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20 Kilowatt Plasma Blaster Engine Design
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From: Greg Leyh [SMTP:lod-at-pacbell-dot-net]
Sent: Wednesday, June 24, 1998 12:31 PM
To: Tesla List
Subject: Re: 20 Kilowatt Plasma Blaster Engine Design
Scott Stephens wrote:
> So what about my possibly clever idea for a flame-excited Tesla Coil? Too
> boring and lame? Maybe I was too flippant and irrelevant to be taken
> seriously by the list.
It's more likely that folks such as myself don't understand
exactly what you are proposing... Is this some reciprocal sort
of engine that compresses the fuel magnetically, combusts,
then MHD's the combustion energy to and from the TC at its Fres?
> In this (second) design iteration, I come to the conclusion that 1 joule in
> a .1mH inductor can put a 50 atmosphere (700psi) squeeze on a 12cm plasma
> current loop for 10uSeconds.
>
> I would most likely spray propane-air from a propane torch or bunsen into a
> microwaved plasma, around 2cm radius, in around 10 microseconds. This plasma
> will be pulsed, oscillating in volume, around 2000 times/second.
>
> Fuel compression energy =1 Joule
>
> Pulse capacitor: E=.5cv^2, 1J+=1.4KV,1uF (maybe could use a cheap, small 10J
> photo-flash caps if ESR, pulse width and fuel character allow, and a step-up
> winding on inductor)
>
> Inductor aka Tesla Coil (magneto-sonic plasma transducer; pulsed by cap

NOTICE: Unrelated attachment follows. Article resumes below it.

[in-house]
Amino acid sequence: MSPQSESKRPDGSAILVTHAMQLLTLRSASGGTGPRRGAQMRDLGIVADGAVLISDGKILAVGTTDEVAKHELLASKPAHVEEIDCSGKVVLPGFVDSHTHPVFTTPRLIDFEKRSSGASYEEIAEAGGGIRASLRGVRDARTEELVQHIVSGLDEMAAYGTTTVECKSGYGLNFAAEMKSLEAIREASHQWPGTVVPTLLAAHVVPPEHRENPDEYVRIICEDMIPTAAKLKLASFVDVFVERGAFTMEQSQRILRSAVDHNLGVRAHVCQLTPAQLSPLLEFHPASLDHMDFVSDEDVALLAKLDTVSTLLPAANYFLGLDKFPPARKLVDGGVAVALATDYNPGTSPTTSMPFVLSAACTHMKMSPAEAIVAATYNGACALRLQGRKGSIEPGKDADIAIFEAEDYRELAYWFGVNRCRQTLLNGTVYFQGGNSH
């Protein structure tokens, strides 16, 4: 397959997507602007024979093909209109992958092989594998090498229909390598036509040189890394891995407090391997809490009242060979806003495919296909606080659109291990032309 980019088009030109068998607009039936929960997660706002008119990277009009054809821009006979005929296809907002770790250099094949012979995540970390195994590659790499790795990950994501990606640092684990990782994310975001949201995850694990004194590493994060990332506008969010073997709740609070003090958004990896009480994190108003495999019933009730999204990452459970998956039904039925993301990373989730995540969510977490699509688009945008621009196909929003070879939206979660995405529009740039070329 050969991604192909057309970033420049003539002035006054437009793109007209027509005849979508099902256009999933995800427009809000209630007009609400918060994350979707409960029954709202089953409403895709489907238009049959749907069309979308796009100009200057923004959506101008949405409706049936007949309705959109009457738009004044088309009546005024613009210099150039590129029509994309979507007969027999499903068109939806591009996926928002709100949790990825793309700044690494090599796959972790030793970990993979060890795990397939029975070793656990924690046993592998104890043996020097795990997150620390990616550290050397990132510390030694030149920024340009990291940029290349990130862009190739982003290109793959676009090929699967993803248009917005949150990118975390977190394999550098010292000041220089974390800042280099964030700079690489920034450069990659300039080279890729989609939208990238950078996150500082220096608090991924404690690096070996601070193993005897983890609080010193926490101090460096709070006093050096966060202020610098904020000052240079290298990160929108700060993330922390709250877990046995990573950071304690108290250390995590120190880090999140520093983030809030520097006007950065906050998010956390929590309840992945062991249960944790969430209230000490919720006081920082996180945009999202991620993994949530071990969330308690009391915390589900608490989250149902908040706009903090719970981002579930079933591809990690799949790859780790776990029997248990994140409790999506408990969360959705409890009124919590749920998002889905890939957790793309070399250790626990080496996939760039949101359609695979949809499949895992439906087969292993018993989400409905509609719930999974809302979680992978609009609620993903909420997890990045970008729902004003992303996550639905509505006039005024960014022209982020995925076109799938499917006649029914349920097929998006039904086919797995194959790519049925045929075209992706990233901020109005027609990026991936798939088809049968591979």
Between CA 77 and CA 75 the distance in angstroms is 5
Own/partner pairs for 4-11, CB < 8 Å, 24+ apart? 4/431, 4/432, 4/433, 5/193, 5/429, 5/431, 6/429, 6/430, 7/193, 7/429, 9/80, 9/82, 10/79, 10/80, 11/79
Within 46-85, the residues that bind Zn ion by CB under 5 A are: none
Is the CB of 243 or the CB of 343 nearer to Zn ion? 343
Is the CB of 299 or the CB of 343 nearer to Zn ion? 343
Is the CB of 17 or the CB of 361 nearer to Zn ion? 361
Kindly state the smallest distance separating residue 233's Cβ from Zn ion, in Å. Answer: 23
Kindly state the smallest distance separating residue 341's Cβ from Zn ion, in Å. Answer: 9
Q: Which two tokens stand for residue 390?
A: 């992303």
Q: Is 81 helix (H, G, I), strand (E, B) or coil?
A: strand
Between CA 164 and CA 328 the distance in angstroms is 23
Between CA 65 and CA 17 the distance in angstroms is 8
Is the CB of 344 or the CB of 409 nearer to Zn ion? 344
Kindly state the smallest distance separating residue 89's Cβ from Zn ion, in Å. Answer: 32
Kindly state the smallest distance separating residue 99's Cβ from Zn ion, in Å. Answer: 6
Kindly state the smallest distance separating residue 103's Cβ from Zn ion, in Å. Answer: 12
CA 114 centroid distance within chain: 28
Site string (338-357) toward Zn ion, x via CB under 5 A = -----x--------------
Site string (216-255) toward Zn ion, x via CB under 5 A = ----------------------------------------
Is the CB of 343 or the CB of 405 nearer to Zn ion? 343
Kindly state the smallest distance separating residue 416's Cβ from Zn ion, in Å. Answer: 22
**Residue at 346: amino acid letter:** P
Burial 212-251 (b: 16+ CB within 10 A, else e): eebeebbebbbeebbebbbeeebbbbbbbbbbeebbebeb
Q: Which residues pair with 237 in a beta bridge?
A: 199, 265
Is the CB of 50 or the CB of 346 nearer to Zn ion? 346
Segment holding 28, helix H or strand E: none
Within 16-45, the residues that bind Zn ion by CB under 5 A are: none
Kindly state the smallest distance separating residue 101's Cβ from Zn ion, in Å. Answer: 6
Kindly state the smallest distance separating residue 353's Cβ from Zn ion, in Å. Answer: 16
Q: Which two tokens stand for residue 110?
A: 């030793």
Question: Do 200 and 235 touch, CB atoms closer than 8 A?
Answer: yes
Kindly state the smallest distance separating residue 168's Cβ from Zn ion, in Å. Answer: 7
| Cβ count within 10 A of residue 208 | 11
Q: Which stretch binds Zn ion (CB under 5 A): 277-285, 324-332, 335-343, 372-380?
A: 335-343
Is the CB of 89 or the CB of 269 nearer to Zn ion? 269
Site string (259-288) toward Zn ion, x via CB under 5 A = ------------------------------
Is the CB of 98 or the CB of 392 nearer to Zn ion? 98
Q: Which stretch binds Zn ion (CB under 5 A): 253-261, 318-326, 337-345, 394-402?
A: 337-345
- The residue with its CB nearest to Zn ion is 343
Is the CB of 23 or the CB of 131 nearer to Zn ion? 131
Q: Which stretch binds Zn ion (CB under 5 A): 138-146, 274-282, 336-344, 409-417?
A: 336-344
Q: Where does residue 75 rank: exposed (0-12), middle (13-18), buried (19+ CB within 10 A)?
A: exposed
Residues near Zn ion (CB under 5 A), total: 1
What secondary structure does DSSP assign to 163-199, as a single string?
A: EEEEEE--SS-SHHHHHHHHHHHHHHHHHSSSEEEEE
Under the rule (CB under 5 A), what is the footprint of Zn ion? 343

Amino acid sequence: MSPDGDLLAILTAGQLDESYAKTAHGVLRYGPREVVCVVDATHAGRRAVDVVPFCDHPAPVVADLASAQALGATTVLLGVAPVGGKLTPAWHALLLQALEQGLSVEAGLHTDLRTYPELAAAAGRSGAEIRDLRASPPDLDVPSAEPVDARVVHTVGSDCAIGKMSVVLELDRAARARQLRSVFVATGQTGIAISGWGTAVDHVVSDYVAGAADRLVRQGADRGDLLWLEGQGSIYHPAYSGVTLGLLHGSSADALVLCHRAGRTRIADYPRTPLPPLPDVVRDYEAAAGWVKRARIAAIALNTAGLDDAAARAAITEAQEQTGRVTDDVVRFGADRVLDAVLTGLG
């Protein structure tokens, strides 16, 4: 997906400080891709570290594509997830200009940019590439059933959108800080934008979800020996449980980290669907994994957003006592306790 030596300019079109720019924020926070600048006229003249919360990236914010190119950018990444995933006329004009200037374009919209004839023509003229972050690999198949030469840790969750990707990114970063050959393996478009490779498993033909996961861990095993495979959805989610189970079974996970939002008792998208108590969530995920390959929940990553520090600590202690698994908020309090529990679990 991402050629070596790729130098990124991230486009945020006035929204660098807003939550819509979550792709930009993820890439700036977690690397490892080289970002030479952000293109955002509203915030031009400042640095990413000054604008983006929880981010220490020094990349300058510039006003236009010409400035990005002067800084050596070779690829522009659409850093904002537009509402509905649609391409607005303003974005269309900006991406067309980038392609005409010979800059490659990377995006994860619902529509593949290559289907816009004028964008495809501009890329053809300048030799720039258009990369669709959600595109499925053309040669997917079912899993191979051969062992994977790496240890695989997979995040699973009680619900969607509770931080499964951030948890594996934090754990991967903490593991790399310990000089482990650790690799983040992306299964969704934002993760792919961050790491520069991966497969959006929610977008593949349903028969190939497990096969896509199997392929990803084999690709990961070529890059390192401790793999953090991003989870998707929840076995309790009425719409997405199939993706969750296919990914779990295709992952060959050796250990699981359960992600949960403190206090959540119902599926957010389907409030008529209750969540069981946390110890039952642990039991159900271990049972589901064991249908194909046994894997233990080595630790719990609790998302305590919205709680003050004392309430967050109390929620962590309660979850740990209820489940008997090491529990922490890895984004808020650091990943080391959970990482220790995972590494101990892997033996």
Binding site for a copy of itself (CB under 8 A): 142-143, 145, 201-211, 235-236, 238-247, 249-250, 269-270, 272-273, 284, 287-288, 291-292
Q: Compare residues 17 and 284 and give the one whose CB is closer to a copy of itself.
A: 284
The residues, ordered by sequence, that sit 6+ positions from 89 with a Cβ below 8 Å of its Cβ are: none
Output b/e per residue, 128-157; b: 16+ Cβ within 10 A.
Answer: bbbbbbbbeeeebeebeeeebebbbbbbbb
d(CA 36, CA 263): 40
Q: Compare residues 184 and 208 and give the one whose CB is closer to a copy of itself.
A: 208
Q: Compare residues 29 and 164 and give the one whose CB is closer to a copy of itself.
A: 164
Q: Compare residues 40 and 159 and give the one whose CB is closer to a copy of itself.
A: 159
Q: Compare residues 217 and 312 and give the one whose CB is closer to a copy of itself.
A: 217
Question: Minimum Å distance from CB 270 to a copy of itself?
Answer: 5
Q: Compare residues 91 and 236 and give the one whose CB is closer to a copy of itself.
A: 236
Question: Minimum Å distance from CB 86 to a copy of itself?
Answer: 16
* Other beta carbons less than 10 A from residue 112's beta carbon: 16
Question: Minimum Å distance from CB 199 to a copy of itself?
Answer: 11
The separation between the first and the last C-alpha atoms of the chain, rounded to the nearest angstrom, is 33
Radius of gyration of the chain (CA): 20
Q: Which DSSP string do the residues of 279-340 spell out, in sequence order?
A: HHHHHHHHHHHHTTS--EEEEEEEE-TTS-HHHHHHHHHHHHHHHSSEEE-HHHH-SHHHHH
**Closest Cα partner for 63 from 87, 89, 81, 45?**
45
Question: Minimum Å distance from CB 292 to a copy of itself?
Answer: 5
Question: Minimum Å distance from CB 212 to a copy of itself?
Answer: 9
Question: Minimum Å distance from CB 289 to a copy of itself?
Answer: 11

> through triggered spark, Xe strobe tube or SCR)
> E=.5 li^2 = 1J=.5*.1mH*(140A)^2,
> V= L di/dt = , 1.4KV=.1mH dI(140A)/dt (10 microseconds)
> N=(L(9A+10B)^.5)/A; L is 100uH; A is 1" Rad; B is 1" Len; So N = 43 Turns
> B= V T 10^8/NA= 1400V*10^-5*10^8/43*PI*2.54^2=1.6Kgauss or .16 Tesla
>
> K notwithstanding, I'll assume a 43:1 step-down ratio, and a pretty low < .1
> ohm plasma resistance, and .1uH for a 1" radius plasma-loop inductance:
>
> Plasma I = BNA/L10^8 = 1.6Kgauss*1*20cm^2/.1uH*10^8=3200A (close enough to
> the 33:1 xformer assumption (4600A)
> Perfect-coupling xformer step-down estimate 33:1 * 140A = 4.6KA
> Realistic .5 K suggests 2000A induced current, so
>
> F(dynes)=Bil
> =1.6Kgauss*2000A*(2*PI*2.54cm)= 51 mega-dynes/cm^2 = 50 atmospheres
> Plasma Vol.=4PI(2.54^3cm)/3=68cm^3 or around 70cc
>
> So for 1 Joule + of energy from my capacitor, I put maybe a 700 psi squeeze
> on my 70cc plasmoid in 10 microseconds in a 1.6 Kilogauss field using my
> .1mH 43 turn, 2.5cm radius, 2.5cm long air core coil.
>
> If my resonant cavity can accept a ferrite transformer core, and I can have
> a K near 1, pulse it around 50uS, and fuel temperature and plumbing
> permiting, a very nice compact motor could be constructed, with
> semiconductors for realistic effiecency :-)
>
> Propane: .5kg/l; 46MJ/kg
>
> For 10% efficiency (10J/pop), I'll want to burn .22mg and .00044 l per pop;
> For 2000 pops/second = 1ml/second propane flow; at 5% explosive limit
> mid-range, air volume = 20ml/second; plasma core around 5cc so gas flow rate
> is .05 meters/second.
>
> Reactor power is 20 kilowatts. 2 Kilo-watts sustain magnetic oscillations,
> and the rest make heat, with a howl like a banshee }:-O
>
> My latest effort has been to search for EM codes to design the resonant
> cavity. NEC uses the method of moments technique to calculate fields, which
> may not be good for microwave cavities. APLAC (free version) uses FDTD, but
> is too limited. And none model ferrite, which probably is too complicated
> and material-dependant anyways. And what will the plasma E-eff be as the
> field is pulsed?
>
> The image of a metal, bi-conical center, with gas inlets/exhaust ports,
> surrounding a ferrite core, all in a TEM 10 cavity comes to mind.
>
> Scott Stephens
--
-GL
www.lod-dot-org